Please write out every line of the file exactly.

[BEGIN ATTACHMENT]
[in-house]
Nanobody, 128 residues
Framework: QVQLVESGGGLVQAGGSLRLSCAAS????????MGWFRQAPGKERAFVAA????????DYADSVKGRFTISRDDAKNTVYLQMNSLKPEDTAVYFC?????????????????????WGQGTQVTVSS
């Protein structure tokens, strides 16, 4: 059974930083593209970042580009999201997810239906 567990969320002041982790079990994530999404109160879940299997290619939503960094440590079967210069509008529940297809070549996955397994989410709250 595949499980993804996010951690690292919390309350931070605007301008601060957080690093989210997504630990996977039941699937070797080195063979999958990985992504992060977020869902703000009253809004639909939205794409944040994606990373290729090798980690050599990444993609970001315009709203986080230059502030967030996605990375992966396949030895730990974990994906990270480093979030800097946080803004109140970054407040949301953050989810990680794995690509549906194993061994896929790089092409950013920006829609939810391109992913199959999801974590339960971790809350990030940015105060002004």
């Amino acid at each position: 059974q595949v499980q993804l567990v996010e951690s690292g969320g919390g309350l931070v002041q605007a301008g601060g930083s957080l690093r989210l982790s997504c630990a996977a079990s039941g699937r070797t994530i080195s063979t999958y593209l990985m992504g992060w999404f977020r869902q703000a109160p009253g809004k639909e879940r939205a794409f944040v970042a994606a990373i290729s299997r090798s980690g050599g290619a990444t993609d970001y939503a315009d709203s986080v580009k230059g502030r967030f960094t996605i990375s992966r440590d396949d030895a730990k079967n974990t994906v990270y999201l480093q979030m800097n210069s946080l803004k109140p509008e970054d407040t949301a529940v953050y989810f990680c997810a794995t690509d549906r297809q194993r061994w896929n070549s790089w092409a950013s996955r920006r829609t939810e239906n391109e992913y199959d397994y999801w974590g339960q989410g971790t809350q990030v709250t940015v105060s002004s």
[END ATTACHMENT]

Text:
[in-house]
Nanobody, 128 residues
Framework: QVQLVESGGGLVQAGGSLRLSCAAS????????MGWFRQAPGKERAFVAA????????DYADSVKGRFTISRDDAKNTVYLQMNSLKPEDTAVYFC?????????????????????WGQGTQVTVSS
């Protein structure tokens, strides 16, 4: 059974930083593209970042580009999201997810239906 567990969320002041982790079990994530999404109160879940299997290619939503960094440590079967210069509008529940297809070549996955397994989410709250 595949499980993804996010951690690292919390309350931070605007301008601060957080690093989210997504630990996977039941699937070797080195063979999958990985992504992060977020869902703000009253809004639909939205794409944040994606990373290729090798980690050599990444993609970001315009709203986080230059502030967030996605990375992966396949030895730990974990994906990270480093979030800097946080803004109140970054407040949301953050989810990680794995690509549906194993061994896929790089092409950013920006829609939810391109992913199959999801974590339960971790809350990030940015105060002004």
């Amino acid at each position: 059974q595949v499980q993804l567990v996010e951690s690292g969320g919390g309350l931070v002041q605007a301008g601060g930083s957080l690093r989210l982790s997504c630990a996977a079990s039941g699937r070797t994530i080195s063979t999958y593209l990985m992504g992060w999404f977020r869902q703000a109160p009253g809004k639909e879940r939205a794409f944040v970042a994606a990373i290729s299997r090798s980690g050599g290619a990444t993609d970001y939503a315009d709203s986080v580009k230059g502030r967030f960094t996605i990375s992966r440590d396949d030895a730990k079967n974990t994906v990270y999201l480093q979030m800097n210069s946080l803004k109140p509008e970054d407040t949301a529940v953050y989810f990680c997810a794995t690509d549906r297809q194993r061994w896929n070549s790089w092409a950013s996955r920006r829609t939810e239906n391109e992913y199959d397994y999801w974590g339960q989410g971790t809350q990030v709250t940015v105060s002004s």